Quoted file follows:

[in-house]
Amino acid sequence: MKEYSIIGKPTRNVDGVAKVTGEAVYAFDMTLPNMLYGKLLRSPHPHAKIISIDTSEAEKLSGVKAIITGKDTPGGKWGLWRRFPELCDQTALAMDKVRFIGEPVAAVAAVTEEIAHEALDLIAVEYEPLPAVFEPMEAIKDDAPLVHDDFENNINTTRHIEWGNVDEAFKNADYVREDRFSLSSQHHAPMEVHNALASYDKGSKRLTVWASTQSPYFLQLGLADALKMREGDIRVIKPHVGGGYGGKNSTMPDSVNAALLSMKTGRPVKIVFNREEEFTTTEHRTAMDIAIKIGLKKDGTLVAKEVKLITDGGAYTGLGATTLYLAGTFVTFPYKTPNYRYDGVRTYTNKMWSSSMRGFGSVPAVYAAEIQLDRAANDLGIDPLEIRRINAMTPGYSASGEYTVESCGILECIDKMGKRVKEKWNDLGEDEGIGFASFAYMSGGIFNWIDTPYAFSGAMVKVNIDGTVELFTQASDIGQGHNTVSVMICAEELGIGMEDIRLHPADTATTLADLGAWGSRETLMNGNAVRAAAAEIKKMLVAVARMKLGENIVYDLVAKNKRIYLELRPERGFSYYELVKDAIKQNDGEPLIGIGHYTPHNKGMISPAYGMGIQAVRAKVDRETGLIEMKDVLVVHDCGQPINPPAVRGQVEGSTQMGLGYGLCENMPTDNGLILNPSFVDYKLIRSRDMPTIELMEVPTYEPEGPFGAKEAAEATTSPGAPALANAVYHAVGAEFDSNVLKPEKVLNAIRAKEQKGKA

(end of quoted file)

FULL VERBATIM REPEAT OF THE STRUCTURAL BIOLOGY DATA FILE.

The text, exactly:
[in-house]
Amino acid sequence: MKEYSIIGKPTRNVDGVAKVTGEAVYAFDMTLPNMLYGKLLRSPHPHAKIISIDTSEAEKLSGVKAIITGKDTPGGKWGLWRRFPELCDQTALAMDKVRFIGEPVAAVAAVTEEIAHEALDLIAVEYEPLPAVFEPMEAIKDDAPLVHDDFENNINTTRHIEWGNVDEAFKNADYVREDRFSLSSQHHAPMEVHNALASYDKGSKRLTVWASTQSPYFLQLGLADALKMREGDIRVIKPHVGGGYGGKNSTMPDSVNAALLSMKTGRPVKIVFNREEEFTTTEHRTAMDIAIKIGLKKDGTLVAKEVKLITDGGAYTGLGATTLYLAGTFVTFPYKTPNYRYDGVRTYTNKMWSSSMRGFGSVPAVYAAEIQLDRAANDLGIDPLEIRRINAMTPGYSASGEYTVESCGILECIDKMGKRVKEKWNDLGEDEGIGFASFAYMSGGIFNWIDTPYAFSGAMVKVNIDGTVELFTQASDIGQGHNTVSVMICAEELGIGMEDIRLHPADTATTLADLGAWGSRETLMNGNAVRAAAAEIKKMLVAVARMKLGENIVYDLVAKNKRIYLELRPERGFSYYELVKDAIKQNDGEPLIGIGHYTPHNKGMISPAYGMGIQAVRAKVDRETGLIEMKDVLVVHDCGQPINPPAVRGQVEGSTQMGLGYGLCENMPTDNGLILNPSFVDYKLIRSRDMPTIELMEVPTYEPEGPFGAKEAAEATTSPGAPALANAVYHAVGAEFDSNVLKPEKVLNAIRAKEQKGKA